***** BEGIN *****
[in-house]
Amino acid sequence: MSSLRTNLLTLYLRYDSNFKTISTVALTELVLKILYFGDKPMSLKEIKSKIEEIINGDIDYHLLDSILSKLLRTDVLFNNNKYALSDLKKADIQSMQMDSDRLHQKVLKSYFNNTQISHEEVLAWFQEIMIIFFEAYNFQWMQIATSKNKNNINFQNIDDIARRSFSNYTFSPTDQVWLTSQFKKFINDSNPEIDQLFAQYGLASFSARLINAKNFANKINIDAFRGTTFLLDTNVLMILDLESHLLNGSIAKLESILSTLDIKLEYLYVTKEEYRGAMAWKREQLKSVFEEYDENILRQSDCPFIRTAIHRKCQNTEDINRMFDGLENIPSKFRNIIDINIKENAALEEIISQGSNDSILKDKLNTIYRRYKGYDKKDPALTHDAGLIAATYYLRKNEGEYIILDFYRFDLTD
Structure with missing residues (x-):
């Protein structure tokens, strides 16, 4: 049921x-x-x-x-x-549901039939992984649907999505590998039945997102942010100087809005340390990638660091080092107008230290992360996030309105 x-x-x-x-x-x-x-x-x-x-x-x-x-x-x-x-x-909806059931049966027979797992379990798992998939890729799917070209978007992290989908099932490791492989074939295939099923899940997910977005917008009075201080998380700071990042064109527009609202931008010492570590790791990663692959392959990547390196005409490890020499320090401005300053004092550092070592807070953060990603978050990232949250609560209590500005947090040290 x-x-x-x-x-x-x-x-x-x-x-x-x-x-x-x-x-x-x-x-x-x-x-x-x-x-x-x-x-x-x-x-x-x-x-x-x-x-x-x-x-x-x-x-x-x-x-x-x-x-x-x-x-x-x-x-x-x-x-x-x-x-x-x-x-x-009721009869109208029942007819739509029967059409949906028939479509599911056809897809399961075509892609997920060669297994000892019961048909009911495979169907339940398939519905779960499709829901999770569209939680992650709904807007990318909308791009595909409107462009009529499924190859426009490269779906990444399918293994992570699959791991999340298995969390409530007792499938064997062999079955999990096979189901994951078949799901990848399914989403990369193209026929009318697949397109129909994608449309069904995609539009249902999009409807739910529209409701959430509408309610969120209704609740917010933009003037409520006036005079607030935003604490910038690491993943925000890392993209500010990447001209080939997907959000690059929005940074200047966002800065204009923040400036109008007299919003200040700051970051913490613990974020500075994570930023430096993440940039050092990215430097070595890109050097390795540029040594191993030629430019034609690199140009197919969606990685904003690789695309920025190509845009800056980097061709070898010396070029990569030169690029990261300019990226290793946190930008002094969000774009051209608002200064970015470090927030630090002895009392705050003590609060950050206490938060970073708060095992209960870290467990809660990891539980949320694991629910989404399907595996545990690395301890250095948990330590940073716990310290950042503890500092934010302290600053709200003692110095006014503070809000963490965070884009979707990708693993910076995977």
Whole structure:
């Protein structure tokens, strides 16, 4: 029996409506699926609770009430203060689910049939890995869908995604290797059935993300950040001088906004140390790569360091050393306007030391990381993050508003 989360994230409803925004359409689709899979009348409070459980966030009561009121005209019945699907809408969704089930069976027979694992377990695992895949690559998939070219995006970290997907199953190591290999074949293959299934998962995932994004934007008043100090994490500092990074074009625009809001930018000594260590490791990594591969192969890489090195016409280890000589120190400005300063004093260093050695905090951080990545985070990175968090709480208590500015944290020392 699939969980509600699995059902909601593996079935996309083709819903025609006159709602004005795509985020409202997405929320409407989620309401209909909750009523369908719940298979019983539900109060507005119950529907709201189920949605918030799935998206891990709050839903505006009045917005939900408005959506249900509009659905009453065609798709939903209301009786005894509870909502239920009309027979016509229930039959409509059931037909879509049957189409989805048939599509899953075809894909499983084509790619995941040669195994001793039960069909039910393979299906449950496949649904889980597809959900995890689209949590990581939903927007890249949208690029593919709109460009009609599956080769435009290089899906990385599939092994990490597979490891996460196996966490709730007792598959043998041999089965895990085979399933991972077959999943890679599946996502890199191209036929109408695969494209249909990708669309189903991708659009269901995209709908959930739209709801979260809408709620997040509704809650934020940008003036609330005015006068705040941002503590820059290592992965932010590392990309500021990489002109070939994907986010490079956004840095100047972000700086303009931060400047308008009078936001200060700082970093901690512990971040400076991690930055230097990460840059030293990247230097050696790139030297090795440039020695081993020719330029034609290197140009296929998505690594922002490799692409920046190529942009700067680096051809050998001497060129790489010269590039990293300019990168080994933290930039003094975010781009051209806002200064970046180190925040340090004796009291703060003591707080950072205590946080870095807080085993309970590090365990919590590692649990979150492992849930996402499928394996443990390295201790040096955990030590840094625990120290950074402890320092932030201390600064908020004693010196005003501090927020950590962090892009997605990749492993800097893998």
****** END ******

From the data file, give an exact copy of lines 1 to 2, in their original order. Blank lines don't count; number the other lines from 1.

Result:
[in-house]
Amino acid sequence: MSSLRTNLLTLYLRYDSNFKTISTVALTELVLKILYFGDKPMSLKEIKSKIEEIINGDIDYHLLDSILSKLLRTDVLFNNNKYALSDLKKADIQSMQMDSDRLHQKVLKSYFNNTQISHEEVLAWFQEIMIIFFEAYNFQWMQIATSKNKNNINFQNIDDIARRSFSNYTFSPTDQVWLTSQFKKFINDSNPEIDQLFAQYGLASFSARLINAKNFANKINIDAFRGTTFLLDTNVLMILDLESHLLNGSIAKLESILSTLDIKLEYLYVTKEEYRGAMAWKREQLKSVFEEYDENILRQSDCPFIRTAIHRKCQNTEDINRMFDGLENIPSKFRNIIDINIKENAALEEIISQGSNDSILKDKLNTIYRRYKGYDKKDPALTHDAGLIAATYYLRKNEGEYIILDFYRFDLTD